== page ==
SURGE project earns National Science Foundation Grant

0
370


José Rodríguez
Contributor

The Minority SURGE Capacity in Disasters project at the University of Nebraska at Omaha has been issued a $299,936grant by the National Science Foundation (NSF).

It is commonly referred to as the SURGE (Scholars from Under-Represented Groups in Engineering and the Social Sciences) project, and seeks to build the capacity in disaster with scholars from science, technology, engineering and mathematics (STEM) fields.

The grant is through the NSF INCLUDES (Inclusion across the Nation of Communities of Learners of Underrepresented Discoverers in Engineering and Science) program.

“The idea was to increase the number of minority STEM graduates who work on disasters and hazards research to provide them with the proper development professionally and academically,” said Assistant Professor DeeDee Bennett, Ph.D. “So that they are staying in their programs and being as successful as they can be.”

Such objectives fallin line with those of the NSF INCLUDES program, which claims that it seeks to enhance U.S. leadership in STEM discoveries and innovations through inclusion of all sectors and groups in society.

National Science Foundation INCLUDES issued 27 of these awards in September 2017, in an effort to broaden participation in science and engineering and find solutions to the STEM inclusion hurdle.

“It is an initiative they started last year, and this year they only announce 27 new design and development launch pilots, and we are one of them,” Bennett said.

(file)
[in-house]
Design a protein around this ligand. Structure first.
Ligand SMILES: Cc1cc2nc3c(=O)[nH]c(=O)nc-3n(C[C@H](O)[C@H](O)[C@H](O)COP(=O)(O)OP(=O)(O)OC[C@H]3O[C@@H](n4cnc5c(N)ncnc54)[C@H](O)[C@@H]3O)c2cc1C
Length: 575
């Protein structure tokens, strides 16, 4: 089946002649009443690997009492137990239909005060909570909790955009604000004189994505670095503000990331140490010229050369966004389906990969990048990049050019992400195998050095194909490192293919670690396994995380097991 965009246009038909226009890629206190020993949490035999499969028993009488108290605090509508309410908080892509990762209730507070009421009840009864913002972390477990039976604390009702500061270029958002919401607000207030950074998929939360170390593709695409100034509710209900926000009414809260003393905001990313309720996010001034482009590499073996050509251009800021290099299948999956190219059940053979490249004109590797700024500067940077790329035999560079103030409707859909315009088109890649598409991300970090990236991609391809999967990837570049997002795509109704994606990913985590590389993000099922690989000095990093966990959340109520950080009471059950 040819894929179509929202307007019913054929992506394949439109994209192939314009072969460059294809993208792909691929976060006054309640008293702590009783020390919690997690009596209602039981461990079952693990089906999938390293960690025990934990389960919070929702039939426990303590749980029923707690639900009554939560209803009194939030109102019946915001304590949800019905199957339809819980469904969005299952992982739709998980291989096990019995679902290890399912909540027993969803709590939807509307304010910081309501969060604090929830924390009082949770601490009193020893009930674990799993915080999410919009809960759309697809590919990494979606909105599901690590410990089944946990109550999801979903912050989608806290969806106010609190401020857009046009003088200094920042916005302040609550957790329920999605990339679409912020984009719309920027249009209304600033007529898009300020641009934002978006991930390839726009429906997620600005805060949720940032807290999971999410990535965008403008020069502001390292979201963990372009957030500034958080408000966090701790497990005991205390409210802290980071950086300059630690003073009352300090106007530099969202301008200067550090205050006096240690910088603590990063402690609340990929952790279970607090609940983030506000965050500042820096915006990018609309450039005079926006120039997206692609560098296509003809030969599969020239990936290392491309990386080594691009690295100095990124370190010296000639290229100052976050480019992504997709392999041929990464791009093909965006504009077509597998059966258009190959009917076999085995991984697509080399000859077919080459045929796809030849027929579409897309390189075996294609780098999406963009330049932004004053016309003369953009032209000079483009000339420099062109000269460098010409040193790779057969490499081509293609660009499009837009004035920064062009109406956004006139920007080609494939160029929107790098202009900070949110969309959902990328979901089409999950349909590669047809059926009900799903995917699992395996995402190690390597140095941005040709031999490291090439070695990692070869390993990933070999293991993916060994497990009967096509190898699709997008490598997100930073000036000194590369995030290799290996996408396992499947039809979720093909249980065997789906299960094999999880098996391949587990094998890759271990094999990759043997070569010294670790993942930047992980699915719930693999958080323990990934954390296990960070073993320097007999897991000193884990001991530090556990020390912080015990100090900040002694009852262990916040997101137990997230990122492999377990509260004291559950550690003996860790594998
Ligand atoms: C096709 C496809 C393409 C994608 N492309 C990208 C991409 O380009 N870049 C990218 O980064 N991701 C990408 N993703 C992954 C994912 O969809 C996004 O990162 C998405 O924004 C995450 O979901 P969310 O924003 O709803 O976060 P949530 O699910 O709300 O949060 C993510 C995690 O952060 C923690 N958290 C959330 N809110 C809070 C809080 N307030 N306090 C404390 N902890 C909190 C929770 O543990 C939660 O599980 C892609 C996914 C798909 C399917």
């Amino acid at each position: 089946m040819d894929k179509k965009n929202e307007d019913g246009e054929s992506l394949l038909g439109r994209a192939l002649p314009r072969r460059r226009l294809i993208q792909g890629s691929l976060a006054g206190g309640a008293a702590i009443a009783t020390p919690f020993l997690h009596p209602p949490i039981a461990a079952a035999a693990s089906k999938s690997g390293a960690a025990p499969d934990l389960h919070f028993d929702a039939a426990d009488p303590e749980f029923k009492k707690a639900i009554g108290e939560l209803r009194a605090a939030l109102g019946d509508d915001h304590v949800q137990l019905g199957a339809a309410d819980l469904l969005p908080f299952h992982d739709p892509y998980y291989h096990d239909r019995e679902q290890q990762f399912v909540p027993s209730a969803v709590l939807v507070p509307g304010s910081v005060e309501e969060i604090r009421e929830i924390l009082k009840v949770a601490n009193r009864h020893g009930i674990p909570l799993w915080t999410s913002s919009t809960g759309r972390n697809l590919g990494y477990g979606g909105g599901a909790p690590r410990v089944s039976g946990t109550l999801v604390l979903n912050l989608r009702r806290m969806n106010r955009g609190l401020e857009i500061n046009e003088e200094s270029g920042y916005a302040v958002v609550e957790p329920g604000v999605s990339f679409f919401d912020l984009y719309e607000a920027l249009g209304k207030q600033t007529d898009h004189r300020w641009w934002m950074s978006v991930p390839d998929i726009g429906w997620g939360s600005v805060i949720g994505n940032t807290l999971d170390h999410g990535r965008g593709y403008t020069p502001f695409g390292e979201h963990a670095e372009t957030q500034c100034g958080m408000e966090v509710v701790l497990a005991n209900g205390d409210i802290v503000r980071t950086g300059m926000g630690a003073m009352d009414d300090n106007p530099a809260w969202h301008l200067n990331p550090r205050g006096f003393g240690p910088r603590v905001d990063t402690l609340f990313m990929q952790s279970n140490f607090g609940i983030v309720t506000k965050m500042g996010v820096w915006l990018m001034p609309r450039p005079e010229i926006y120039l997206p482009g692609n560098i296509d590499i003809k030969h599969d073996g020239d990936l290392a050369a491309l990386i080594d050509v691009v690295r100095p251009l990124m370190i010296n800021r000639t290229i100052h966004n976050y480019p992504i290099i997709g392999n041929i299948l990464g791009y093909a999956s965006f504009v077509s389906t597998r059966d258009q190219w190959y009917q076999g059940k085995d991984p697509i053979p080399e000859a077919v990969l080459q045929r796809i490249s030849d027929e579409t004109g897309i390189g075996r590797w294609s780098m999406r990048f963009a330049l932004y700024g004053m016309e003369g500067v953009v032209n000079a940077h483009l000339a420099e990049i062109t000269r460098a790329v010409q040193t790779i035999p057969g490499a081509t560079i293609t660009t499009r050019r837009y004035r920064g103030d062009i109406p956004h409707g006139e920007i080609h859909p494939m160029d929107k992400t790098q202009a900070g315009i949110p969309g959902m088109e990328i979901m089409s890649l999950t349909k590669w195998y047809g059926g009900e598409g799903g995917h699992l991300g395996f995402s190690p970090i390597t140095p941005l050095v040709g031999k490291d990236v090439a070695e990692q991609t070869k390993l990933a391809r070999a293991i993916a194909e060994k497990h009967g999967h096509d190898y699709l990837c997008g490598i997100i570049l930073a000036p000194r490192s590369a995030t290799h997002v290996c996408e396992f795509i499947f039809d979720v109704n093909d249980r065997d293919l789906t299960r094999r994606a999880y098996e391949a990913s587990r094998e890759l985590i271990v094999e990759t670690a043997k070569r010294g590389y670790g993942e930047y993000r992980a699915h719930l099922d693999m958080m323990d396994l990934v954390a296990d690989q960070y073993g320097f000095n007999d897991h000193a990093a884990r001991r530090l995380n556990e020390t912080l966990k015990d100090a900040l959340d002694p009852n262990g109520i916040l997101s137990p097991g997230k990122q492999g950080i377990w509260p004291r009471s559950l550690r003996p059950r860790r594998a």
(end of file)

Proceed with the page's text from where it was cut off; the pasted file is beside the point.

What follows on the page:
Out of the 27 projects, SURGE is the only project connecting disasters to the STEM inclusion efforts.

“It goes hand in hand with what’s going on right now, looking at devastation after Harvey and Irma and knowing that some of the communities are disproportionately impacted there,” Bennett said. “They need to know how to build that social capital to get things done.”

Other people involved in the grant are Lori Peak,Ph.D. professor of sociology and director of the Natural Hazards Center at the University of Colorado-Boulder;Hans Louis-Charles, assistant professor in UNO’s Emergency Services program;Terri Norton, Ph.D. associate professor of construction engineering at the University of Nebraska-Lincoln; and Nnenia Campbell, research associate at the Natural Hazards Center at CU Boulder.

The faculty hopes the connections made through this grant will lead to more grants in the future.

“One of the things that I have noticed since being an academia is that having one grant of this magnitude can open doors to getting other grants and to being able to do other things,” Bennett said.

Although it is a project they are pushing out through UNO, students from other accredited programs can be part of the SURGE project, Bennett said. T

his is the case with Architectural Engineering UNL graduate student Lucy Ampaw-Asiedu at the Peter Kiewit Institute, who plans to participate in the SURGE project primarily doing research in her area of study which concerns disaster.

“STEM graduate students should get into hazards and disaster research programs because students should know that by joining the program they help to create a safe place and more resilient communities,” Ampaw-Asiedu said.

With the initial start date of Sept. 15, 2017 and with an estimated end date of Aug.31 for the grant, the SURGE project team is already starting to visualize and plan for their goals.

Some of these include increasing the number of graduate research underrepresented students in STEM fields with a disaster focus, develop and guide qualified scholars from these fields, provide mentorship and develop professional and research opportunities for minorities and vulnerable communities in the country.

Comments

comments